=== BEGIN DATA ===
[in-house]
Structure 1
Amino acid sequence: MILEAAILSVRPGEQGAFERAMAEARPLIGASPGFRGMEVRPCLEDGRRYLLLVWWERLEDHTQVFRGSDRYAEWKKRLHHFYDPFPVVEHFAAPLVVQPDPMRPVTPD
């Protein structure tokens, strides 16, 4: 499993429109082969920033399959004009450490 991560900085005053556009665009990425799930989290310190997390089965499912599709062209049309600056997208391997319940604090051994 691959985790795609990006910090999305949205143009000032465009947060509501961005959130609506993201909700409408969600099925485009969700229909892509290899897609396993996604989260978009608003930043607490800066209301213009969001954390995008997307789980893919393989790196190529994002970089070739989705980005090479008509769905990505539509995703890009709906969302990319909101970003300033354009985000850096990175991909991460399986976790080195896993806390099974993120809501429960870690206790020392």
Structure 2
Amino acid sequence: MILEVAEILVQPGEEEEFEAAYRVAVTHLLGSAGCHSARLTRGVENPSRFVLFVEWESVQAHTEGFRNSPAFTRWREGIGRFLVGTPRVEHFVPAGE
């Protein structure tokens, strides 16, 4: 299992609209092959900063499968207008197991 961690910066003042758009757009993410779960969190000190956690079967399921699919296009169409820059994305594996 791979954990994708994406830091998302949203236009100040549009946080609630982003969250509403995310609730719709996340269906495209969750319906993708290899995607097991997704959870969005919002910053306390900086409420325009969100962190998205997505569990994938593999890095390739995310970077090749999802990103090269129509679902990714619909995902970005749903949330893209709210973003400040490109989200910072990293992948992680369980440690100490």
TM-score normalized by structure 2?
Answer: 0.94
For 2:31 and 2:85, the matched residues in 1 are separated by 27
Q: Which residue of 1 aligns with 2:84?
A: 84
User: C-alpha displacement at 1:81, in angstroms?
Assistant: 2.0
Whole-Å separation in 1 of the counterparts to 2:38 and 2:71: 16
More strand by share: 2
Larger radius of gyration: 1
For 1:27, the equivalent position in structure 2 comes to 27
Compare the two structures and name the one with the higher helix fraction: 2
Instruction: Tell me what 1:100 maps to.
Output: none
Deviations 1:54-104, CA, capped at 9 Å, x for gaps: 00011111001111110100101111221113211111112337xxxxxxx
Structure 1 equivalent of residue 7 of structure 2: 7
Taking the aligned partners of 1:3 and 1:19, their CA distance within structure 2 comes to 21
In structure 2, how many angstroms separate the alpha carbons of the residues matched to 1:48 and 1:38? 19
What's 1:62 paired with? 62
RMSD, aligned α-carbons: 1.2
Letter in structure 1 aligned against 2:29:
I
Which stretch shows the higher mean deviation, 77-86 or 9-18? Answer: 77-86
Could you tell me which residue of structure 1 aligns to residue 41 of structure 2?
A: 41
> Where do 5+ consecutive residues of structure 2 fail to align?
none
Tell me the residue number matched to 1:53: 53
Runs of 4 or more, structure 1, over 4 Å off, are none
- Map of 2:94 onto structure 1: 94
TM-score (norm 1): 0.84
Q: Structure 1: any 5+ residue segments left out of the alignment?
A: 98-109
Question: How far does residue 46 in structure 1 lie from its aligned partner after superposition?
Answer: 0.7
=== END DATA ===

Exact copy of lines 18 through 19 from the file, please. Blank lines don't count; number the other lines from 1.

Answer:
For 1:27, the equivalent position in structure 2 comes to 27
Compare the two structures and name the one with the higher helix fraction: 2